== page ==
The mining activities have played a pivotal role in the structuring of the country’s political economy up to the present. South Africa’s spatial organisation, infrastructure, and social relations were fundamentally determined by the industry. Various discriminatory laws, from the heyday of British imperialism in the 19th century to the emergence of offical apartheid, initiated by the Nationalist Party government in 1948, are well summarised in the work. 

The work also provides a rich historical context to introduce a complex discussion on the emergence of a countermovement in the form of the African National Congress, which is today the governing party, and various agencies of resistance, such as trade unions and other civic movements. The ANC in particular evolved as a group of largely missionary-educated and conservative elite that sought inclusion in the franchise. 

The earlier ANC resistance was carried out not so much to overhaul the political and economic template, but to achieve reformist objectives that would, for example, see qualified franchises retained and extended nationally. Sending deputations that expressed allegiance to the British Queen was for some time the ANC’s preferred method of protest. 

Over a long period of time, especially between the 1920s and the mid-1940s, with growing political consciousness andgradual radicalisation, the organisation would assume a broad-based appealand articulated universalist discourse of rights for the African people in general. Township unrest in the 1940s expressed this incipient radicalisation, culminating in the Defiance Compaign of 1952 and later the banning of the ANC and other organisations. This interregnum was also shaped by the show of militancy expressed through the black workersstrikes in the late 1940s.     

The book avoids a one-sided account of a neat path of resistance against apartheid and capitalism; instead, it takes a critical look at the tensions that were present within the trade union movement and the liberation movement both before and during its three decades in exile. Much of the historical detail that the authors cover in this book has been adequately discussed by various historical or political economy texts before. What is however fresh about this work is the engaging and consistently critical style with which it is written. For readers who are not familiar with this history – or who have only been exposed to a different perspective of it – the book is an important reference point for an alternative analysis of South African history. It paces through the various phases of South African history, and tries to cover as much ground as possible, connecting the past and the present.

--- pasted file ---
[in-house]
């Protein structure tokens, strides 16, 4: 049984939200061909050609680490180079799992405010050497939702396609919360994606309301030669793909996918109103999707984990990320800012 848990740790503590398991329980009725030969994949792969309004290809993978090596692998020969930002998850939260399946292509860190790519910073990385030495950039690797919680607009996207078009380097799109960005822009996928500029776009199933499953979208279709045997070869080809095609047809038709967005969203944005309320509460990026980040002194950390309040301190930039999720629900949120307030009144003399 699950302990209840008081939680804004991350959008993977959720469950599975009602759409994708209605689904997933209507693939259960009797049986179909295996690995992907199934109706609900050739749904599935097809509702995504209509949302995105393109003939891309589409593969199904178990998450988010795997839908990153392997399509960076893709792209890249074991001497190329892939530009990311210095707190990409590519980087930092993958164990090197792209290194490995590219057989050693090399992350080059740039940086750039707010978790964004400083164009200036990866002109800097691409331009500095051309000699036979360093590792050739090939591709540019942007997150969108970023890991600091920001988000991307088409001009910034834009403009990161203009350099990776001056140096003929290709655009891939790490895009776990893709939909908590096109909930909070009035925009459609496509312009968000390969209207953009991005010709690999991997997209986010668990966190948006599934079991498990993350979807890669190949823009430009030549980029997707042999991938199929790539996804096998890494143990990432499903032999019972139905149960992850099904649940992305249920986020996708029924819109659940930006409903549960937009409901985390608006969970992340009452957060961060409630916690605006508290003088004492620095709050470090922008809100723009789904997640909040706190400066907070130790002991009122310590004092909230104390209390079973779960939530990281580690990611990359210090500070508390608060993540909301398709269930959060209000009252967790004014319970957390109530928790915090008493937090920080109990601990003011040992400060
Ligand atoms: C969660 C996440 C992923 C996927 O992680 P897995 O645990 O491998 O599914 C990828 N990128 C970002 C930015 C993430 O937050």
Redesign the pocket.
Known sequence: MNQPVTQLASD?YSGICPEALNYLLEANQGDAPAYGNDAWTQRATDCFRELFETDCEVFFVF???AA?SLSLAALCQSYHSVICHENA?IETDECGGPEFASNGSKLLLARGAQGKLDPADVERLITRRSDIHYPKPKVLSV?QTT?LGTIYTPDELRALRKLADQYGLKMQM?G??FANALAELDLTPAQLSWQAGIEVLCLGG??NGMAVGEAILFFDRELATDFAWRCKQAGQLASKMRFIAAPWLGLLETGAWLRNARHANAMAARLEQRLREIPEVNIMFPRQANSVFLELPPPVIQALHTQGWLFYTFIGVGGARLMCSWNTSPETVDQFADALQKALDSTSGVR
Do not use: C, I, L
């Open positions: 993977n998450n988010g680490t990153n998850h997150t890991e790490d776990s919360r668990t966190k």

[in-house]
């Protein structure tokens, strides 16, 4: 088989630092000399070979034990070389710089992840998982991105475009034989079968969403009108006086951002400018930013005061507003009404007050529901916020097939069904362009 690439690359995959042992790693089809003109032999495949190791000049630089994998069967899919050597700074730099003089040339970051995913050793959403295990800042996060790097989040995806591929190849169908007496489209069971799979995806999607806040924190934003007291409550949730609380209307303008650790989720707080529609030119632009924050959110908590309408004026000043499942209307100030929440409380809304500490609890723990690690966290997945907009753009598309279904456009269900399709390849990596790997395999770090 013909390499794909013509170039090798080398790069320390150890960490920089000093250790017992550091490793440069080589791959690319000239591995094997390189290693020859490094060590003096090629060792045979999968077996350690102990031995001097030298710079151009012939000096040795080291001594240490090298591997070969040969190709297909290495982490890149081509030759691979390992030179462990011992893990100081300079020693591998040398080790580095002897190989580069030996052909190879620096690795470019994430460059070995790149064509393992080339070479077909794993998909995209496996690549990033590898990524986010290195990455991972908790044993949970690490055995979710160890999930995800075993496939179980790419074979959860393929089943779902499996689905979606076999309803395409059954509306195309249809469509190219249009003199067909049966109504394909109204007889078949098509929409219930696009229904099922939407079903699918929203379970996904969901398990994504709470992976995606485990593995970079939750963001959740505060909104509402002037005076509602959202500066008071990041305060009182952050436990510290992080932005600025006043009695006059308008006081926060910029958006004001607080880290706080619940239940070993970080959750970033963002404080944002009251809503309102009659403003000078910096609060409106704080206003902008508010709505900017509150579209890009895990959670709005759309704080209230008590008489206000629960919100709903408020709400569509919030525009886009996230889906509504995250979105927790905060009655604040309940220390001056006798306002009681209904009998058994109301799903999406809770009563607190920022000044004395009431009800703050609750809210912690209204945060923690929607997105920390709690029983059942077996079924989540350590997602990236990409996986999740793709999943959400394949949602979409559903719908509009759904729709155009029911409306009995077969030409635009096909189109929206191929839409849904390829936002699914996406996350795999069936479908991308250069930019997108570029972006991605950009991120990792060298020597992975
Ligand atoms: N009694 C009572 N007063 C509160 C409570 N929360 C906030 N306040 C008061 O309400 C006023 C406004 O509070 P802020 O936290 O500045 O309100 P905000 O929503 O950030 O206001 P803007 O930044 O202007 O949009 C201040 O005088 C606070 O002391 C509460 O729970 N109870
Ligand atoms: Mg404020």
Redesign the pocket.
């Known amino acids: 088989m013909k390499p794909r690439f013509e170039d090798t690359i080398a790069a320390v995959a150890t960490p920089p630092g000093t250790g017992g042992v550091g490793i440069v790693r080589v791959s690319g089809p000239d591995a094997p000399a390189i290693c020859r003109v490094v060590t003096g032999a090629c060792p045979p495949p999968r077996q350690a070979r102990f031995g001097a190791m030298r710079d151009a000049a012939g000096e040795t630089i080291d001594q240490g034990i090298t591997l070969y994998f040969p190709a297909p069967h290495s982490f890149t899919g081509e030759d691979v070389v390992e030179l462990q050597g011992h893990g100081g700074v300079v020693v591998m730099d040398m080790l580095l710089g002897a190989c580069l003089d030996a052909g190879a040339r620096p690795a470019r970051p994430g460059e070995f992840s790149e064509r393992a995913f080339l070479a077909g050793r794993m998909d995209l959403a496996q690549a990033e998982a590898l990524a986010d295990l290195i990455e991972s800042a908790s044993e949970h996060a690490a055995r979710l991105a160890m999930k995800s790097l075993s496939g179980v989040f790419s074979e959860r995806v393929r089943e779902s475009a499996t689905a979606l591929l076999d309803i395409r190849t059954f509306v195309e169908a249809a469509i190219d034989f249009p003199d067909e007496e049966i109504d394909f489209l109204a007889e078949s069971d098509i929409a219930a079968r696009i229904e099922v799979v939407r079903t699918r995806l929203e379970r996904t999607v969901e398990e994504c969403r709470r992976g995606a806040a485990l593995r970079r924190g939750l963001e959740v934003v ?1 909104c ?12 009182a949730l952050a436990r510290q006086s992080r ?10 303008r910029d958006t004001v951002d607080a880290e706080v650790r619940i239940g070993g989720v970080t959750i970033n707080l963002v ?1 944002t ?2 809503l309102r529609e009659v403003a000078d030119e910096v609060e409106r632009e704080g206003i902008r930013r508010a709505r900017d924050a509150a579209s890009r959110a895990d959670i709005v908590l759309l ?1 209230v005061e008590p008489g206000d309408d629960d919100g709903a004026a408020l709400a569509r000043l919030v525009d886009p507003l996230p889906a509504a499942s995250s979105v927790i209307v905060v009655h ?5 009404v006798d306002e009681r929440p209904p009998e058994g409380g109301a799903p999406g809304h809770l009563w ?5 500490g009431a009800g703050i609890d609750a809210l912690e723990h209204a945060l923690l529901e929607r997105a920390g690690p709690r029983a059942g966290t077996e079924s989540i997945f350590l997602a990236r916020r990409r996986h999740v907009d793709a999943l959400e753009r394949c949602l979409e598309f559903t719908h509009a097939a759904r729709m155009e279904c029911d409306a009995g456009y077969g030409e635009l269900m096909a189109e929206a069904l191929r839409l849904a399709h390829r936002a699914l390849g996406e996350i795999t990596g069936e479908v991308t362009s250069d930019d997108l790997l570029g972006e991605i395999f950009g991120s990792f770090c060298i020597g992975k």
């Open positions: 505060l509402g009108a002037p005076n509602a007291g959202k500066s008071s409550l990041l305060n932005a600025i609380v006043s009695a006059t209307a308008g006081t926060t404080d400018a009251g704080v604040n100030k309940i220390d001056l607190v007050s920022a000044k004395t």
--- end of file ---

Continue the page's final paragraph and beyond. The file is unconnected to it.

Apart from this, there are a number of gaps in the work that are worth that are worth highlighting. The first is that the discussion  of the early history of South Africa does not always hang together coherently, in a way that takes the reader along to demonstrate a connection between the current political settlement in South Africa and the evolution of the political culture and systems in the past. With the exception of the substantial section – the first quarter of the book- that  deals with  the pre-1970 period, the rest of the work is presented as individual essays that lack a common thread. In fact, there is not one distinguishable argument, but many. The uneven voices of the two authors interrupt the work.

Some assertions in this work are weakly substantiated and rushed. To take one example: the bold assertion that the authors make that ‘…the ANC has merely subordinated the others to its own option of party self-aggrandizement and global neoliberalism’ implies that other social movements lacked an independent agency and self-determination and were simply corralled by the ANC to its own narrow agenda.

The assertion that the ANC initiated political demobilisation could have been buttressed by allusion to the instruments through which the ANC achieved such demobilisation. Various leaders of the United Democratic Front (UDF), and broadly the Mass Democratic Movement, voluntarily abandoned the path of civic mobilisation in favour of the quasimodern hegemonic political party that the ANC was to become. If grassroots activists, and leaders of the UDF, did not acquiesce in absorption into ANC’s chosen political strategies, they would have simply continued or given birth to similarly powerful social movements that do not follow the ANC’s embrace of parliamentary processes.

Saul and Bond over-romanticise the UDF and grassroots movements. It is important to point out that the UDF was not entirely unadulterated. Various excesses were committed in its name. Some would argue that these were aberrations, but they brought about indelible psychological scars on many. Many individuals suffered the wrath of the ‘comrades’, including the lynching with car tyres (‘necklacking’) of those accused of collaborating with the apartheid security forces, in some cases winthout sufficient evidence. There was also the reign of terror unleashed by UDF-aligned youth activists who organised themselves into self-defence units in various townships. Some of them took on the role of a moral police force, in some cases dictating the dress code of women, acceptable forms of hairstyles and the quantities of alcohol that should be drank. Perhaps the UDF had outlived its transformative purposes. Its leadership was losing control over a growing mass movement. It was bedeviled by factionalism or regionalism. It is possible that its continuation could have bred reactionary forms of politics and uncontrollable militias in the townships. Its demobilization, though mainly self-inflicted, also signaled the end of an era.